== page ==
While Hal Aloma’s own Surf And Sand is an almost psychedelic twangscape with highly elasticized seesaw guitar chords, iridescent glockenspiels and gyres between a lullaby and a dipsomania-caused phantasmagoria, R. Alex Anderson’s Lovely Hula Hands sees the talented writer’s main melody in a perfect shape. Steel guitars and vibes cross-fade permanently, but Aloma and his band make sure that the ornaments do not lead away from the melody rather than fathoming the simple-minded catchiness of Anderson’s classic. Francesco Paolo Tosti’s Malia is anything but a surprise, for it is a serious piano arrangement for orchestras, but transformed here to Hapa Haole. The three-note steel guitar scheme is underpinned by susurrant piano waves and a melancholic soothingness that is awesome. The grandiloquent, slightly ghostly steel guitar heterodynes round off one of the most splendid synergies and show Hal Aloma’s true power in this regard. The closer is his own Hawaiian Moon, a rather uninspired ode to the moon with the ingredients of daylight. The glockenspiels flash through the soundscape and the steel guitars reside in spectral regions, but even if there are delicate Space-Age effects and short chord bursts, the honey-sweet silkiness is more akin to a tropical midday than an enchanted nocturnal beach scenery.


Sweet Leilani is a crystal clear Hapa Haole album and qua its complexion disqualifies itself for a lot of Exotica listeners who are not too fond of the hundredth delivery of Hawaiian classics as played on steel guitars and ukuleles. This state of affairs cannot be falsified or neglected. However, there is that globetrotter sense woven into the material, believe it or not. Recorded in New York instead of Honolulu, there is an energetic aura intrinsic to the album that sets it apart from the competition. The first two tracks Sweet Leilani and Moon Of Manakoora are enormously dreamy and among the best Polynesian interpretations of these classics. These are not the best examples in terms of the album’s synergetic esprit, but they shine nonetheless due to the prominent inclusion of vibes and glockenspiels. These tracks are the cream of the crop in terms of that certain clumsily conceived genre mixture called, ahem, Ambient Exotica.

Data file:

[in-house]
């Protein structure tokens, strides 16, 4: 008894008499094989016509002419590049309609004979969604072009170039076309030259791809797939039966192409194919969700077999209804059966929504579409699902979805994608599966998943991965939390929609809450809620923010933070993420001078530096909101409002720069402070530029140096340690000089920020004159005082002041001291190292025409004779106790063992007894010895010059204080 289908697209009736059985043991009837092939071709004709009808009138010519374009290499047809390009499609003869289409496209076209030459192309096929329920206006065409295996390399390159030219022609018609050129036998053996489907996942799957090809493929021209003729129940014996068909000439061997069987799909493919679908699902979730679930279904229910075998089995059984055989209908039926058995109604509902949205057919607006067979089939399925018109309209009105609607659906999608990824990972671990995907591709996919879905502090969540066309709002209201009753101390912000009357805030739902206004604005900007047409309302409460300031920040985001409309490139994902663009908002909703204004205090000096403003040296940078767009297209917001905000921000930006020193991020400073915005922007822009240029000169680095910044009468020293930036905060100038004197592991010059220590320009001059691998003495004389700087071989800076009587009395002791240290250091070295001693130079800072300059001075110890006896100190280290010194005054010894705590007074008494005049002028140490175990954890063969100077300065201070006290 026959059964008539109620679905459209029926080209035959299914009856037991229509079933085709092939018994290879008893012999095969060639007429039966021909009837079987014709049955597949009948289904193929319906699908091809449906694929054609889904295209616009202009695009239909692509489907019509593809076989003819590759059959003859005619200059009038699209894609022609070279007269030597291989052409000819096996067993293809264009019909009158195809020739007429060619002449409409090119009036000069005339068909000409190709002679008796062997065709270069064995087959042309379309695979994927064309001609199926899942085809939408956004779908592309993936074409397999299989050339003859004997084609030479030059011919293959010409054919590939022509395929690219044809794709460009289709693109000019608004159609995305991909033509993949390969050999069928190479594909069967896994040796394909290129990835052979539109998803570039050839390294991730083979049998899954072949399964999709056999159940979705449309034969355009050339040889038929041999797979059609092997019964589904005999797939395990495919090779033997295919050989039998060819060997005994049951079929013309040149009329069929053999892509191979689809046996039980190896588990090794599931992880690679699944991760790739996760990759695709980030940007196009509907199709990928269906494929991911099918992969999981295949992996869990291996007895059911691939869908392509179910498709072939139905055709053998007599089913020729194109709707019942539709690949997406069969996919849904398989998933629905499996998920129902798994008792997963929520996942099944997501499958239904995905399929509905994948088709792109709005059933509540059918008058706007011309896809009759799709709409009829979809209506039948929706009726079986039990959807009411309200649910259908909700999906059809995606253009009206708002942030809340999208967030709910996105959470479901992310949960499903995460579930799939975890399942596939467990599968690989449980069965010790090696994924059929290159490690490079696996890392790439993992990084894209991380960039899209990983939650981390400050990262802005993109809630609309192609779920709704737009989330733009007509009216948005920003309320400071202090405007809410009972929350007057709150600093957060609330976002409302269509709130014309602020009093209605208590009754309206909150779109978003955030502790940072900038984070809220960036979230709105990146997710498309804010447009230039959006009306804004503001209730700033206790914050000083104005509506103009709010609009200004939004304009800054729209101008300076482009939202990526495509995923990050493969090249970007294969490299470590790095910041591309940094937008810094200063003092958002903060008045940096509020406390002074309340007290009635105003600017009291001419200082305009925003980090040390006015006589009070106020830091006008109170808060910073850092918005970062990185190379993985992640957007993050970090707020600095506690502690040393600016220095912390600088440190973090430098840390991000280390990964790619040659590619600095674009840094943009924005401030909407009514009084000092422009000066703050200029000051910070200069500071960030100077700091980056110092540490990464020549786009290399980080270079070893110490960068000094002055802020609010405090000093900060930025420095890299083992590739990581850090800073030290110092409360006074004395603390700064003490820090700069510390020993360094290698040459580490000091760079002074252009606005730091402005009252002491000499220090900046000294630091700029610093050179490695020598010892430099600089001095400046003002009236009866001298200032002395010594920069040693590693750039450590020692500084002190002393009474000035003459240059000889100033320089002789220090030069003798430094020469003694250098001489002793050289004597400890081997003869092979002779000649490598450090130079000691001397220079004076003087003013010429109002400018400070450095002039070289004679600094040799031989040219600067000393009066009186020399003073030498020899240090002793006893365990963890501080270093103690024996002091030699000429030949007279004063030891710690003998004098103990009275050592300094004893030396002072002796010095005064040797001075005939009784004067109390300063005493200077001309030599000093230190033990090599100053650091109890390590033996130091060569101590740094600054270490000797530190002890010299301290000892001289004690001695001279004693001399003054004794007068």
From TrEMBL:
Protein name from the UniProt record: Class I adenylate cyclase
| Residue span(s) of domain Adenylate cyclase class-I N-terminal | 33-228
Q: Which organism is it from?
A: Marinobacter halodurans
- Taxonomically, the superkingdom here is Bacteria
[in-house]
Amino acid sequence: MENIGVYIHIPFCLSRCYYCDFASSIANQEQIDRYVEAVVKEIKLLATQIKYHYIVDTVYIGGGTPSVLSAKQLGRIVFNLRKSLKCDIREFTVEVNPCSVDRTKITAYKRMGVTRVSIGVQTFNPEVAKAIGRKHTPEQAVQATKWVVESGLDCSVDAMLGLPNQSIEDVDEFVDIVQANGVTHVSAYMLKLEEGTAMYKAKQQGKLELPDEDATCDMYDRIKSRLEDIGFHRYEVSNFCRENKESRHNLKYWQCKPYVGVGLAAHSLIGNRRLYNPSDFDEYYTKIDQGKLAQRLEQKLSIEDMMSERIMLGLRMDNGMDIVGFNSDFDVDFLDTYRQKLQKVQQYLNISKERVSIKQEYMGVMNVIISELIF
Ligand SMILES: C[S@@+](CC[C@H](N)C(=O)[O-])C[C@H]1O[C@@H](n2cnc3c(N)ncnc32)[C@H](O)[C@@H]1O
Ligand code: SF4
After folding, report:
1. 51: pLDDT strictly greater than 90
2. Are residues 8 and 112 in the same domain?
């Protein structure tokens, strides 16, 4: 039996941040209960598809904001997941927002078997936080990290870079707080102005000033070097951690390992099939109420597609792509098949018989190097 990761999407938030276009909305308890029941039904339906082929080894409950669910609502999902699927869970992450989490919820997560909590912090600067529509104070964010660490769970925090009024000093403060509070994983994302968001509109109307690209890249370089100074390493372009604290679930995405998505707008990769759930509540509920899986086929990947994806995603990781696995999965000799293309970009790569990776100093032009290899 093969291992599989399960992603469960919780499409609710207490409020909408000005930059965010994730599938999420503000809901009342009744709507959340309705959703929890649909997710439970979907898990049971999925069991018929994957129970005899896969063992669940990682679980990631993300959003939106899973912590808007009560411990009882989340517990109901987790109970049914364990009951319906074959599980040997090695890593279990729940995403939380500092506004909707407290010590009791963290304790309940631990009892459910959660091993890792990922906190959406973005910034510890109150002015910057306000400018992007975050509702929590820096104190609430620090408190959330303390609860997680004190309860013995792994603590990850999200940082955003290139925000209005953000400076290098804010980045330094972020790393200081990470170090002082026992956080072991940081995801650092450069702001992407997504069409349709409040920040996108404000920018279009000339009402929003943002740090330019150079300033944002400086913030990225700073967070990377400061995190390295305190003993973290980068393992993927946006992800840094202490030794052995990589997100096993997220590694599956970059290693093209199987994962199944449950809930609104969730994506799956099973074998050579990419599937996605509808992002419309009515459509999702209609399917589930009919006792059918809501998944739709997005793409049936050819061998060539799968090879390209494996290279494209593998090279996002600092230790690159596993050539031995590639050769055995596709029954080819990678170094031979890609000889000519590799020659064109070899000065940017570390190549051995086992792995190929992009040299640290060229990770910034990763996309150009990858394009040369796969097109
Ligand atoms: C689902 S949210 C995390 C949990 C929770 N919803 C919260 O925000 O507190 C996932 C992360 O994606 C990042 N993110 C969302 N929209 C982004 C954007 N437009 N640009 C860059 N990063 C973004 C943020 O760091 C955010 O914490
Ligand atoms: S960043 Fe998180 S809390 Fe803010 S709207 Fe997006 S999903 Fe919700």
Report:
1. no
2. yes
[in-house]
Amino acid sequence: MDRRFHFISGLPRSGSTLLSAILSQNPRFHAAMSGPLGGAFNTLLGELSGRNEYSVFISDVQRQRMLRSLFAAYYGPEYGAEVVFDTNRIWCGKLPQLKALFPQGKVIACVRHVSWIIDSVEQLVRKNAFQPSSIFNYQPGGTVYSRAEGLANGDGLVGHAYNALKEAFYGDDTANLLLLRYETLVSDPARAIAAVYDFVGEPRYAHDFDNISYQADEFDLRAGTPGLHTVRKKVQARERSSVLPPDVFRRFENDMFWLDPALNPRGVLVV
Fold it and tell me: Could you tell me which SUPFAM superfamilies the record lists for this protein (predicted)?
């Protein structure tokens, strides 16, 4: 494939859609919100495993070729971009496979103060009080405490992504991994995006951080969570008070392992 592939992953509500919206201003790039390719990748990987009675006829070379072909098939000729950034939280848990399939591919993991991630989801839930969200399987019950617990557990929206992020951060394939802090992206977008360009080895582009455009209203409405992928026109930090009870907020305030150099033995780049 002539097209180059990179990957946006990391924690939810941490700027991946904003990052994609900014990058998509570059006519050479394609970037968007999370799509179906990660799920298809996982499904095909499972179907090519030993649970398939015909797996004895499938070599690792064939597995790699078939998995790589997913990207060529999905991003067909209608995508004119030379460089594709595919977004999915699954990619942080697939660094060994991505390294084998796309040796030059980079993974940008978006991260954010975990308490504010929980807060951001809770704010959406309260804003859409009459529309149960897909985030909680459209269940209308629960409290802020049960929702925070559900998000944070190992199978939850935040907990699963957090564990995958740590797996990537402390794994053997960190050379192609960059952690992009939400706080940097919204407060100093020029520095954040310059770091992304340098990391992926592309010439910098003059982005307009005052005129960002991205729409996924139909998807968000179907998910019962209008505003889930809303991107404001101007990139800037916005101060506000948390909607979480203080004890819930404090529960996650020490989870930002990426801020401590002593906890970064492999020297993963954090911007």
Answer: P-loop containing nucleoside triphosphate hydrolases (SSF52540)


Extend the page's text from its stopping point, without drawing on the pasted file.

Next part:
Genre crackers and surprises are still all over this LP: Hawaiian War Chant is always a benchmark for Hapa Haole albums, for the drum scale is of great importance. While Hal Aloma’s band disappoints here, the bucolic roughness delivers that missing energy level. Likewise, Malia is no dedicated Hawaiian tune, but a literal classic composition whose orchestra string-heavy fundament is exchanged for swooshing piano waves and ambiguous ghostly-shiny steel guitar riffs. Sweet Leilani is one of the very best LP’s of this genre and a good starting point for beginners who want to experience a greater wealth of material, both uplifting and upbeat as well as deeply languorous and magic. The people at Hallmark seem to see things the same way and hence reissued the album digitally in August 2011 and – gasp! – even managed to keep the original front artwork intact, huzzah! The album is available in digital music stores such as Amazon MP3 and iTunes. 


Exotica Review 391: Hal Aloma – Sweet Leilani (1959). Originally published on Nov. 22, 2014 at AmbientExotica.com.